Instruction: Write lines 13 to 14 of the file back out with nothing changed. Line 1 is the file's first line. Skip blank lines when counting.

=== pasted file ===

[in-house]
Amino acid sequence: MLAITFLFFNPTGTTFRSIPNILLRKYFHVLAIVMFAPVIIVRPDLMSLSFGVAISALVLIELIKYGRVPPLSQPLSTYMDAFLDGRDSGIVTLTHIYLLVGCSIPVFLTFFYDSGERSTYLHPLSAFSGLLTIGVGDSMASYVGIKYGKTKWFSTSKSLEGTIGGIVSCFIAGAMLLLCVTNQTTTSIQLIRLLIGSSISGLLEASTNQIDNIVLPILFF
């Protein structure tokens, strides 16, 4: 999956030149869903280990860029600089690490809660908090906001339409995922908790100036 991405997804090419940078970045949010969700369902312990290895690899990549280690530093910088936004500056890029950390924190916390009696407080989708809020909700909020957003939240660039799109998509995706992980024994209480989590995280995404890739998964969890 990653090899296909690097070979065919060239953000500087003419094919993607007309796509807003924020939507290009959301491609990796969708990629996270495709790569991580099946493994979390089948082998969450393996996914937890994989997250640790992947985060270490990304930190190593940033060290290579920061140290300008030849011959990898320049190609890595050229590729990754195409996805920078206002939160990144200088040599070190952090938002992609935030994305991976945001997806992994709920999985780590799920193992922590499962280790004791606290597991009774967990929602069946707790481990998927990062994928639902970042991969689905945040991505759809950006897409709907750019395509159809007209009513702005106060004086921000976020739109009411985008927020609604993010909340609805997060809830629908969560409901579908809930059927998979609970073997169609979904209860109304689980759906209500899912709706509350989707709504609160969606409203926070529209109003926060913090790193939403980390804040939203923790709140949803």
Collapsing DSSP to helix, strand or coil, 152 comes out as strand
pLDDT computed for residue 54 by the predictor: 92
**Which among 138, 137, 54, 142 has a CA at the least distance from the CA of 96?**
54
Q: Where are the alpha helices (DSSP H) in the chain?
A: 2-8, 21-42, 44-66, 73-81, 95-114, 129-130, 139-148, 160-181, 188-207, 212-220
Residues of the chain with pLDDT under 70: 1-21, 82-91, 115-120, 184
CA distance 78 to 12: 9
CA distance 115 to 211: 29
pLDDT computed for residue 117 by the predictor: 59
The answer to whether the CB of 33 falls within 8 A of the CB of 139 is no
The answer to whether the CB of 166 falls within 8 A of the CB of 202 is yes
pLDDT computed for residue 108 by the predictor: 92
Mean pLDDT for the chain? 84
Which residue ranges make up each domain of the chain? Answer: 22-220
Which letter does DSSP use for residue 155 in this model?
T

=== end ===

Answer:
pLDDT computed for residue 117 by the predictor: 59
The answer to whether the CB of 33 falls within 8 A of the CB of 139 is no